What Are RAS and NDIS?

By Shannon Keen

RAS is a term that represents a variety of computer networking tools. It can stand for several potential tools, depending on the context in which it is used. Network Driver Interface Specification (NDIS), on the other hand, refers to one specific type of networking software. Many businesses use computer networking of one type or another, so both terms tend to occur often in professional settings.


Remote Access Service (RAS) can refer to several computing terms and services. It is a feature of Microsoft Windows 2000 Server that uses a modem to connect remote users to the network. RAS is also short for Reliability, Availability, Serviceability, a term originated by IBM to reference a computer's overall ability to provide each of these three traits. Other technical terms often shortened to RAS include Row Address Strobe -- a signal used to activate a row address in a dynamic random access memory (DRAM) circuit -- and Registration, Admission and Signaling -- a message control channel used by H.323 audio/video systems.

Remote Access Server

RAS is also short for "remote access server." Other terms for a remote access server are "media gateway" and "network access server." The purpose of a network access server is to provide users in distant locations with access to a company's internal network. When authentication is necessary, some network servers are equipped to perform the required services themselves. If they are not, an additional authentication server can be used instead.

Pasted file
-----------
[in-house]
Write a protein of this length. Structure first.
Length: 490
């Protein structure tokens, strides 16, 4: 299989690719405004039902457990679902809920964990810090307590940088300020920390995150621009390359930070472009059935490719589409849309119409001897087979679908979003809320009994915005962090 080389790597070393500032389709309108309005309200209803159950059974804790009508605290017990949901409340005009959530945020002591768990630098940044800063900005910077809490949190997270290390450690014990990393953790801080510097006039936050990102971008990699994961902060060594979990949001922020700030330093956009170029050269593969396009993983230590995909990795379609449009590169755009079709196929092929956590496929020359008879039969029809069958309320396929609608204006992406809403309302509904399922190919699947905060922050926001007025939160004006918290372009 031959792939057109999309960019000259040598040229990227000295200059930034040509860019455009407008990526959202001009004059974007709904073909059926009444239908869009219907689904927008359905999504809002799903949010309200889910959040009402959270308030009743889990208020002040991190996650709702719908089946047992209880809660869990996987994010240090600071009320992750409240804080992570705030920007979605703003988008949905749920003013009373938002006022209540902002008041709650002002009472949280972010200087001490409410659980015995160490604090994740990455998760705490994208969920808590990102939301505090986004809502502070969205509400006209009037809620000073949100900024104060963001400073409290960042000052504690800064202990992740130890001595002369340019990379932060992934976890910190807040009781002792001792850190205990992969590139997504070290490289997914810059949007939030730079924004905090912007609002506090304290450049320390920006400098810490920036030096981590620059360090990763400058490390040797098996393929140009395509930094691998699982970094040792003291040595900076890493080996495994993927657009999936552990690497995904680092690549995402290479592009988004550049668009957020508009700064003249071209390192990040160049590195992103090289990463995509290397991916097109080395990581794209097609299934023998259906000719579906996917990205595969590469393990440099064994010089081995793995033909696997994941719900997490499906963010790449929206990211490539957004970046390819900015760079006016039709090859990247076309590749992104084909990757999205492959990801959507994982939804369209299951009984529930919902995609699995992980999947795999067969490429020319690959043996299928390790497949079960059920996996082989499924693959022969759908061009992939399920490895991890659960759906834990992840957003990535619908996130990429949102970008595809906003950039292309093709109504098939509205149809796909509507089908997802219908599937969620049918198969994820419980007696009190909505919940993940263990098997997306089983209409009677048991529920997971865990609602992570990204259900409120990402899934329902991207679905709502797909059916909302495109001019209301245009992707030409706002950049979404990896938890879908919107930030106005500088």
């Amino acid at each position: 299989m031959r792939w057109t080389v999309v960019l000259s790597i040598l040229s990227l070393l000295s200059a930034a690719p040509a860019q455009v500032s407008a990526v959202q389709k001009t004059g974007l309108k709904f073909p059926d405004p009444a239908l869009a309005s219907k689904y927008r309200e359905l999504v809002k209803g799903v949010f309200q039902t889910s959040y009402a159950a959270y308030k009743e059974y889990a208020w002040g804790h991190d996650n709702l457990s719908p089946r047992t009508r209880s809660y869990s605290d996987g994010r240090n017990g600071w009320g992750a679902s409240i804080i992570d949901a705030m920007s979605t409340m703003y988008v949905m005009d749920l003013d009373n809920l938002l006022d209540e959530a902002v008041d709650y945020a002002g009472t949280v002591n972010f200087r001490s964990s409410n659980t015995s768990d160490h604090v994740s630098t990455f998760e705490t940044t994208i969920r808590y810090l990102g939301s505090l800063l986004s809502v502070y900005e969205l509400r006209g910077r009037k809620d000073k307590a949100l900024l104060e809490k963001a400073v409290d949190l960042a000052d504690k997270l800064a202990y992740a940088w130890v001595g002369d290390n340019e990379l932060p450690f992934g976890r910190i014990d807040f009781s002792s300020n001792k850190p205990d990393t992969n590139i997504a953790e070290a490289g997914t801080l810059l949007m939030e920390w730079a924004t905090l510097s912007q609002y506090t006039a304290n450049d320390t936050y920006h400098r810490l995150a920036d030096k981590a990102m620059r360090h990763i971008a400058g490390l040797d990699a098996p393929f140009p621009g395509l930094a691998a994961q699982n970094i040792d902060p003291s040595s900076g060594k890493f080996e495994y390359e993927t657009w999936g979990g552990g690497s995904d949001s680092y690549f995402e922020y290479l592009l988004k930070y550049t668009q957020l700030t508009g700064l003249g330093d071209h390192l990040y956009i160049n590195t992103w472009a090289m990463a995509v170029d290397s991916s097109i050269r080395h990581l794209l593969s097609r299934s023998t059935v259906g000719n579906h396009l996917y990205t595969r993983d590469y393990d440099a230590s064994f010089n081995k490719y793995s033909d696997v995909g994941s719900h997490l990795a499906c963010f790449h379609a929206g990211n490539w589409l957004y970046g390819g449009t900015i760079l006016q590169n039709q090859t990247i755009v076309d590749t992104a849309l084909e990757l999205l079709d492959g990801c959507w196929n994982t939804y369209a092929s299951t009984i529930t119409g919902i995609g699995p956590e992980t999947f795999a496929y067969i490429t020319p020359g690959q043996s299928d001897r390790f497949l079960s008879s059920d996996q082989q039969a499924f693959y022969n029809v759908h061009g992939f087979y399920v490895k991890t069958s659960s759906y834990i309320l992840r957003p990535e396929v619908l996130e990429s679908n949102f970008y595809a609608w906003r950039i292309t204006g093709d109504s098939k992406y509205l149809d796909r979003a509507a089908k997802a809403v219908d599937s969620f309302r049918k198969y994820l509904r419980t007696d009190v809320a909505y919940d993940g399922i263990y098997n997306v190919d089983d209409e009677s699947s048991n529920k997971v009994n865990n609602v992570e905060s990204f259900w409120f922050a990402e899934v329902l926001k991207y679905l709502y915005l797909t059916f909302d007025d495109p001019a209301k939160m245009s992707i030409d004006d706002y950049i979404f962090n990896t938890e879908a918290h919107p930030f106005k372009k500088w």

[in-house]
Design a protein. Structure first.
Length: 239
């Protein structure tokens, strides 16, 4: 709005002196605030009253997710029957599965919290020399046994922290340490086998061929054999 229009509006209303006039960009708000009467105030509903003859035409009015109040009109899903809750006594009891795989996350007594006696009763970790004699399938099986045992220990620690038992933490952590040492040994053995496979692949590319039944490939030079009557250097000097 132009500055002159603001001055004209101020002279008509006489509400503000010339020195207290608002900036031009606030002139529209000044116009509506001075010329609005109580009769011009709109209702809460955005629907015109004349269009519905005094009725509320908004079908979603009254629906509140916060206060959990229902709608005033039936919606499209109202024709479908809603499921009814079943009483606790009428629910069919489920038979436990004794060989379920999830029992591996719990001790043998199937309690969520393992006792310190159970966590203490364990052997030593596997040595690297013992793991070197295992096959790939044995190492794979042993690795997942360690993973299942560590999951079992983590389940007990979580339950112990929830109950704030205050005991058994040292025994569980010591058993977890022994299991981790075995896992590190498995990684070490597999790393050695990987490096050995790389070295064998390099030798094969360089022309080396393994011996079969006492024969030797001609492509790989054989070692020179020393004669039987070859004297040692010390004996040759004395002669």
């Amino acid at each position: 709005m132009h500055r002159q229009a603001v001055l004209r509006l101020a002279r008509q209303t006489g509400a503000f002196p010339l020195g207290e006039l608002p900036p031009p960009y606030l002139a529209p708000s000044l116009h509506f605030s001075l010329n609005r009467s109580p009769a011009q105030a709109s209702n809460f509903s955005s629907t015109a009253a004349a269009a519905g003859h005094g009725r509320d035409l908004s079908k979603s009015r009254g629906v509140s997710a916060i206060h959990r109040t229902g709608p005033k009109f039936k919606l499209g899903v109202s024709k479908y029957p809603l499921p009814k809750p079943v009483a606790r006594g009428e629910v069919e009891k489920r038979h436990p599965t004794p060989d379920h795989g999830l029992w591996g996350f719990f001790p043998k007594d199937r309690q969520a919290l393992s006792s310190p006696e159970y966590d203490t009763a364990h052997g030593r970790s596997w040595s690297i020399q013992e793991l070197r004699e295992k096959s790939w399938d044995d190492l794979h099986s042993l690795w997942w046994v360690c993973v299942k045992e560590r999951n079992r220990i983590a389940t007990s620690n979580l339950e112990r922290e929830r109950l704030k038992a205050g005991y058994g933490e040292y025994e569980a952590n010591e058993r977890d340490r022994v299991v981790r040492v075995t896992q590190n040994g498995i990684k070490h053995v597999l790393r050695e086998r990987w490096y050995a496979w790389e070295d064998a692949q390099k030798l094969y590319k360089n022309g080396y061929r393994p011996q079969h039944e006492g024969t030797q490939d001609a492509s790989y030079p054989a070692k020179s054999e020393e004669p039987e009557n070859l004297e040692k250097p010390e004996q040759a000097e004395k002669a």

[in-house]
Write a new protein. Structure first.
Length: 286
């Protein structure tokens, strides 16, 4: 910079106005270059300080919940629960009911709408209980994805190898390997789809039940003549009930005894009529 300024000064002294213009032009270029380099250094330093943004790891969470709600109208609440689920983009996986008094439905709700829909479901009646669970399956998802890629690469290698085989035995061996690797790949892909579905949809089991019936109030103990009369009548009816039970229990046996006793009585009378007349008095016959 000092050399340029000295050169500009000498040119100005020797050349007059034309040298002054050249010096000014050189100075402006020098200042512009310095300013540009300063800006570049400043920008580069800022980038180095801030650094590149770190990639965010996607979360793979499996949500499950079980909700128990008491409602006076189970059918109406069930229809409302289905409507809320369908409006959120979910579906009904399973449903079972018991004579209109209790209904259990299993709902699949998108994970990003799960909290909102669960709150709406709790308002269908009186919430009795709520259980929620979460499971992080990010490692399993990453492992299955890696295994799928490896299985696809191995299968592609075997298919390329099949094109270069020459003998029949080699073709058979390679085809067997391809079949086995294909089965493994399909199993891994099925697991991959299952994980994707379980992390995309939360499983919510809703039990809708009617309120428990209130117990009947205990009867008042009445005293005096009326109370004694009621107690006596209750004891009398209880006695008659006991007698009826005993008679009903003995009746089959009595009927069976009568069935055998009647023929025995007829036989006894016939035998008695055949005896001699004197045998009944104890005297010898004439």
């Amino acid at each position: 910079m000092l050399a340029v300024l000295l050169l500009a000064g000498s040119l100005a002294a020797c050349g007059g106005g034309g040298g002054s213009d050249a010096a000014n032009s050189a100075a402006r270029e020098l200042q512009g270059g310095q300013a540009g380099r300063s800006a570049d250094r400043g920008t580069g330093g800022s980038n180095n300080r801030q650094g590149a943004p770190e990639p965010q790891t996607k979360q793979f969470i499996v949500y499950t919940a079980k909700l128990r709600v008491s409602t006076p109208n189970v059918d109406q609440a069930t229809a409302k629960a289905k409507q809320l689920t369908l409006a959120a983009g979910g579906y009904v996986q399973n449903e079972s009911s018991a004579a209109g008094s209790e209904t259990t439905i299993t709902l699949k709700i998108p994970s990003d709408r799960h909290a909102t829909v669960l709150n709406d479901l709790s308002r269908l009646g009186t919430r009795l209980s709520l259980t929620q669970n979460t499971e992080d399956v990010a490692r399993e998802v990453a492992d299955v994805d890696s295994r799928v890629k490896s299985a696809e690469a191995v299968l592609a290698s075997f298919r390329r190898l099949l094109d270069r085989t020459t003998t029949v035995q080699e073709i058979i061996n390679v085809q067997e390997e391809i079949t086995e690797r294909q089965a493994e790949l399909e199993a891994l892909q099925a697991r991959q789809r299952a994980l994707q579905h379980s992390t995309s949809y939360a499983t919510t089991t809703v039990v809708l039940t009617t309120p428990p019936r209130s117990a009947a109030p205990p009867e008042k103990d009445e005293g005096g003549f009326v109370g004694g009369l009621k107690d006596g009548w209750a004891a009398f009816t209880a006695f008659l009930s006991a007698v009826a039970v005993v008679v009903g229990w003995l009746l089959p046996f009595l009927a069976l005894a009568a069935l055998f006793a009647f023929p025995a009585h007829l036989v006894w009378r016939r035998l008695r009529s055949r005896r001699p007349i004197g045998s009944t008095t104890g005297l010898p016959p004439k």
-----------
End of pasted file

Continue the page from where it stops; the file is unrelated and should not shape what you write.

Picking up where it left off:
NDIS is an interface program that works in conjunction with network interface cards (NICs). Under normal operating conditions, a single NIC can only support one network protocol. NDIS removes this limitation. Originally developed by Microsoft as a Windows interface, NDIS makes it possible for multiple network protocols to run in tandem without the need for multiple NICs. Open Data-Link Interface (ODI) is a similar program developed exclusively for NetWare.

Network Interface Card

NICs are devices used to enable a computer to connect -- or interface -- with an external network. NICs are usually purchased separately and inserted into a computer only if needed. Different media, network and protocol types generally require their own specific NICs. This means that except under special circumstances, most NICs are not designed to serve more than one network.